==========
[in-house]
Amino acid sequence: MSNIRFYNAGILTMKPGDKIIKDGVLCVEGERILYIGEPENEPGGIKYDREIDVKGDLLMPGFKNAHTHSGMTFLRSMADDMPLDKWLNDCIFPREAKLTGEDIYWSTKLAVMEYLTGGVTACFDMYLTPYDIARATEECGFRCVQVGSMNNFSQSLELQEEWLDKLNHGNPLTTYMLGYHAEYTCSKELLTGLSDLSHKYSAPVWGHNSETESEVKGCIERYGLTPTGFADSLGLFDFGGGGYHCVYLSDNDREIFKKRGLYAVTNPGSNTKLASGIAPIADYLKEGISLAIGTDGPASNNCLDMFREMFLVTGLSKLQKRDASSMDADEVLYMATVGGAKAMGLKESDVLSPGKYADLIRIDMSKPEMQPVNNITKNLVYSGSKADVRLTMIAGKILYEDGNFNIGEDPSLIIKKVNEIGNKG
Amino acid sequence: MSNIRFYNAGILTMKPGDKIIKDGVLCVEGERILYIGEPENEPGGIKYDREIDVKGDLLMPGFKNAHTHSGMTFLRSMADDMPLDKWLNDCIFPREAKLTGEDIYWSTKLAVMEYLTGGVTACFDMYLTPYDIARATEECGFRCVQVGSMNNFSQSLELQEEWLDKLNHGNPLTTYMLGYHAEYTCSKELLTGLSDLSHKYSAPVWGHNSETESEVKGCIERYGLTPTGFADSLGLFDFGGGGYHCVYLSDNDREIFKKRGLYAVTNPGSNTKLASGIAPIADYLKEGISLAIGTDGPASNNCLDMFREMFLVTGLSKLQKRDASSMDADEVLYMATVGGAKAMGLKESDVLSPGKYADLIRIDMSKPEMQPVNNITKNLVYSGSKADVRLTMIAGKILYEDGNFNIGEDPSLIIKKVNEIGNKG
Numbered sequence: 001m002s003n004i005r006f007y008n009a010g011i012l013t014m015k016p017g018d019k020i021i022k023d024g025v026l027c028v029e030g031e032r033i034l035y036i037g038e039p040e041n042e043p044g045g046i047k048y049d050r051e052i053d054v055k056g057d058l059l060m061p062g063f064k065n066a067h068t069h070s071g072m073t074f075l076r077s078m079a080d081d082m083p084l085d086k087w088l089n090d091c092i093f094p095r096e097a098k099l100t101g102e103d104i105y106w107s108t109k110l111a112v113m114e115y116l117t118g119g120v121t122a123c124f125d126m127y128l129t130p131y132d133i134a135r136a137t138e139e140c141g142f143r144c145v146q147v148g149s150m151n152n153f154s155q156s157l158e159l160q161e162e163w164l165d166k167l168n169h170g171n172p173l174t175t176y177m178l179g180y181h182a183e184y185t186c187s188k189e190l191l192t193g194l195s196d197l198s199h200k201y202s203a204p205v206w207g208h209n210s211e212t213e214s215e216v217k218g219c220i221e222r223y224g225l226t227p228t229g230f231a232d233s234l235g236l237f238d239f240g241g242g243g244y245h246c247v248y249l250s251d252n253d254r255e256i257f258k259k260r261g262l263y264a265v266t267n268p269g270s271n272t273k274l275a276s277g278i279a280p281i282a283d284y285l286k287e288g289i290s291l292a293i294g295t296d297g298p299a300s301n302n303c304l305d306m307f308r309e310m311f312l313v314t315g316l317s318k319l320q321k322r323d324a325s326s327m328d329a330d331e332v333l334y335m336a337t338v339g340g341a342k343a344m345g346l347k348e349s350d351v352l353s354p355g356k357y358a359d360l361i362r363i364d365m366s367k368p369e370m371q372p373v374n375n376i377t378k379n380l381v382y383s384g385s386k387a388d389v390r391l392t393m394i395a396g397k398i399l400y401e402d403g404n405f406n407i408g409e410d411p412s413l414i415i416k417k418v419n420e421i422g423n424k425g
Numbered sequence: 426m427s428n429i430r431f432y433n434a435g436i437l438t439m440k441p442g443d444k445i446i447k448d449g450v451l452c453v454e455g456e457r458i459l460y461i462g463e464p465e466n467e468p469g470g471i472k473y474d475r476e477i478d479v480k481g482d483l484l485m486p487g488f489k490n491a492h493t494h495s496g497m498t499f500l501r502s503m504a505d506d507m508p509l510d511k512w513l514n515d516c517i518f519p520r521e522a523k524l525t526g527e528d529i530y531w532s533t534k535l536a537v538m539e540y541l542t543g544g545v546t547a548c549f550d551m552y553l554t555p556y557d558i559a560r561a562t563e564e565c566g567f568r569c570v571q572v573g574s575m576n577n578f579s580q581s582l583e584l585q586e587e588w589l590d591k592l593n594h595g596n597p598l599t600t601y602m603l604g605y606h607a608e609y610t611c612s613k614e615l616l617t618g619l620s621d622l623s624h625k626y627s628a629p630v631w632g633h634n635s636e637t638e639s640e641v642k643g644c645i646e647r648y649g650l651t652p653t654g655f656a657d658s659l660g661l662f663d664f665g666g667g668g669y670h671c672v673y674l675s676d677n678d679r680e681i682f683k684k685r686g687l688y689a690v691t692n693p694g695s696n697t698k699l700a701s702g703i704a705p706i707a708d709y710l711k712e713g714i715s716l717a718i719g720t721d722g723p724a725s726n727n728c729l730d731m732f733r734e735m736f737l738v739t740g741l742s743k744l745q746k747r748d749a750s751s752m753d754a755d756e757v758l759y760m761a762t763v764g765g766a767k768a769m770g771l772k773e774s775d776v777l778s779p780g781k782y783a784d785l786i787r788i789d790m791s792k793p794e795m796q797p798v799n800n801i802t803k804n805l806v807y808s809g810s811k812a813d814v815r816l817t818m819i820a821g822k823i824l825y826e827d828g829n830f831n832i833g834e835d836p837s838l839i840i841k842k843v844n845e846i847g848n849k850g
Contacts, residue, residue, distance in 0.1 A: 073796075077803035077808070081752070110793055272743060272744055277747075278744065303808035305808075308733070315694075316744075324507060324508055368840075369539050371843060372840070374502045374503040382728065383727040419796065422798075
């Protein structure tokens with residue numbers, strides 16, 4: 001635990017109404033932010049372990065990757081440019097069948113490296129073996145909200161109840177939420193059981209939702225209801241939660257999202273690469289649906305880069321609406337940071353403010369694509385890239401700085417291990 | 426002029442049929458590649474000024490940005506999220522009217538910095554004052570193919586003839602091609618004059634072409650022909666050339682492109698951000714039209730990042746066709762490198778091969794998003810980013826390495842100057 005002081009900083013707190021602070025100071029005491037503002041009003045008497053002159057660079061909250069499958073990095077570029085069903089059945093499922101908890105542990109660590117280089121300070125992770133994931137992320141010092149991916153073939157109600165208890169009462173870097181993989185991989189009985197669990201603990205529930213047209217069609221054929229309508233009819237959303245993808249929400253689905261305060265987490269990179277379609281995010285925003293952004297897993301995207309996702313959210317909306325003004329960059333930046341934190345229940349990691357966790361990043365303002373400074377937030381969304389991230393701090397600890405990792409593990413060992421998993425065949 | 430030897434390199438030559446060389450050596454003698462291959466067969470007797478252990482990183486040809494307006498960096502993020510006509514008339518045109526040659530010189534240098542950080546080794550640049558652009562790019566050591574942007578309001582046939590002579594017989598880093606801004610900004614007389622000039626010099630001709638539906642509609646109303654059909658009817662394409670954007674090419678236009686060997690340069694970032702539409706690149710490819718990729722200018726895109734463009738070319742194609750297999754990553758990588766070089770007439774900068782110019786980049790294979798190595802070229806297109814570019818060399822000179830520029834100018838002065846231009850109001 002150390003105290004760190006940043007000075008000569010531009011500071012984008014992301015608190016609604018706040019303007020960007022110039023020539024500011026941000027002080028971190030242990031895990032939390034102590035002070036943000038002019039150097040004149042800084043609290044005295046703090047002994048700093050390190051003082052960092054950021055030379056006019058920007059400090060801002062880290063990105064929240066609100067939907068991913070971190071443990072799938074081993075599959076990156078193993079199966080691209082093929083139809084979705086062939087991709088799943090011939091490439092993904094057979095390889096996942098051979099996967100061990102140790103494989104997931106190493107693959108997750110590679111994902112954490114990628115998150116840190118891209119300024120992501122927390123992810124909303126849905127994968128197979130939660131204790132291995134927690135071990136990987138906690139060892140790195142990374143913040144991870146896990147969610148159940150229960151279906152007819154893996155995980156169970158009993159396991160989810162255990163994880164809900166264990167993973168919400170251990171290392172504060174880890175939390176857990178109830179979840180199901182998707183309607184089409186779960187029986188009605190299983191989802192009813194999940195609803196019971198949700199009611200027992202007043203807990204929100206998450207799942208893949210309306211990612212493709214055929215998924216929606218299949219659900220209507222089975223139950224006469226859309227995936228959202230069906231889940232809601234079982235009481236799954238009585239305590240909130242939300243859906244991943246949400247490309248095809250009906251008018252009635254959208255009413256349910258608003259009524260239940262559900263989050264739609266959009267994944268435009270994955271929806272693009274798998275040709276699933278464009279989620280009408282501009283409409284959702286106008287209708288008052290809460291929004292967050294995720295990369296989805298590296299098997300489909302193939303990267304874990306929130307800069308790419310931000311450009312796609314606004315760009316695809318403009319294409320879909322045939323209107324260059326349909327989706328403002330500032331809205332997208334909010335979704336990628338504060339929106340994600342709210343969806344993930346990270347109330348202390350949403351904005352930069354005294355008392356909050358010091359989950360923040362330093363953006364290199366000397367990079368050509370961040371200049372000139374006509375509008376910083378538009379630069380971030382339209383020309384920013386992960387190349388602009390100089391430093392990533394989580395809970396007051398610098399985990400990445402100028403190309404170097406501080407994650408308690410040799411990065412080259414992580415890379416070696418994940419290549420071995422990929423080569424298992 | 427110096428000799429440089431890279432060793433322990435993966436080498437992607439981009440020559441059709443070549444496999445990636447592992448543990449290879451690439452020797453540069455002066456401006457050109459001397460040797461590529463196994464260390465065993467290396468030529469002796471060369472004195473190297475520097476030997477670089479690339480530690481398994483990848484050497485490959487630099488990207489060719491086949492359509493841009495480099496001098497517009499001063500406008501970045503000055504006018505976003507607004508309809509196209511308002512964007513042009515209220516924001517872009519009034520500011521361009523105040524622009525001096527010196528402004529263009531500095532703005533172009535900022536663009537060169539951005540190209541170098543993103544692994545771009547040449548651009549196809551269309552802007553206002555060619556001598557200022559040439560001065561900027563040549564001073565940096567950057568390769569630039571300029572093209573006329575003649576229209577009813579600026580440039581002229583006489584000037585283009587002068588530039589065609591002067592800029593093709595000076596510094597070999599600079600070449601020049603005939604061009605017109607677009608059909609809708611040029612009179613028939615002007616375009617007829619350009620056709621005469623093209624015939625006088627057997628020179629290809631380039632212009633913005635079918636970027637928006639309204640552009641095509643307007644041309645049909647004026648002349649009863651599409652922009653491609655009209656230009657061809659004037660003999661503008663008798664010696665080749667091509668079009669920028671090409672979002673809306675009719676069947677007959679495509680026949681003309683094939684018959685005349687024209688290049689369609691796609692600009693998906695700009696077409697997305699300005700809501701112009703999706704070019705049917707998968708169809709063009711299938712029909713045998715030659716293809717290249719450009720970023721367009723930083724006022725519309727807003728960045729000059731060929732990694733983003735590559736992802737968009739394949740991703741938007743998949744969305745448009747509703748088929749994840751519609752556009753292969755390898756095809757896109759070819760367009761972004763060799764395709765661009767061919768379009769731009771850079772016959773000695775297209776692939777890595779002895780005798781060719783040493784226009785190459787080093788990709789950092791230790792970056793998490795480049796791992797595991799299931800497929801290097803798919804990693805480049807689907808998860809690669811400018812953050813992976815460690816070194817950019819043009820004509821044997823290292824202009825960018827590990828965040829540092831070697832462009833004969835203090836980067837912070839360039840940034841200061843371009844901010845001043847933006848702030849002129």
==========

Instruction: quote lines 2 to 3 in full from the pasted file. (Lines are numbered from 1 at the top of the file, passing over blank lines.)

Amino acid sequence: MSNIRFYNAGILTMKPGDKIIKDGVLCVEGERILYIGEPENEPGGIKYDREIDVKGDLLMPGFKNAHTHSGMTFLRSMADDMPLDKWLNDCIFPREAKLTGEDIYWSTKLAVMEYLTGGVTACFDMYLTPYDIARATEECGFRCVQVGSMNNFSQSLELQEEWLDKLNHGNPLTTYMLGYHAEYTCSKELLTGLSDLSHKYSAPVWGHNSETESEVKGCIERYGLTPTGFADSLGLFDFGGGGYHCVYLSDNDREIFKKRGLYAVTNPGSNTKLASGIAPIADYLKEGISLAIGTDGPASNNCLDMFREMFLVTGLSKLQKRDASSMDADEVLYMATVGGAKAMGLKESDVLSPGKYADLIRIDMSKPEMQPVNNITKNLVYSGSKADVRLTMIAGKILYEDGNFNIGEDPSLIIKKVNEIGNKG
Amino acid sequence: MSNIRFYNAGILTMKPGDKIIKDGVLCVEGERILYIGEPENEPGGIKYDREIDVKGDLLMPGFKNAHTHSGMTFLRSMADDMPLDKWLNDCIFPREAKLTGEDIYWSTKLAVMEYLTGGVTACFDMYLTPYDIARATEECGFRCVQVGSMNNFSQSLELQEEWLDKLNHGNPLTTYMLGYHAEYTCSKELLTGLSDLSHKYSAPVWGHNSETESEVKGCIERYGLTPTGFADSLGLFDFGGGGYHCVYLSDNDREIFKKRGLYAVTNPGSNTKLASGIAPIADYLKEGISLAIGTDGPASNNCLDMFREMFLVTGLSKLQKRDASSMDADEVLYMATVGGAKAMGLKESDVLSPGKYADLIRIDMSKPEMQPVNNITKNLVYSGSKADVRLTMIAGKILYEDGNFNIGEDPSLIIKKVNEIGNKG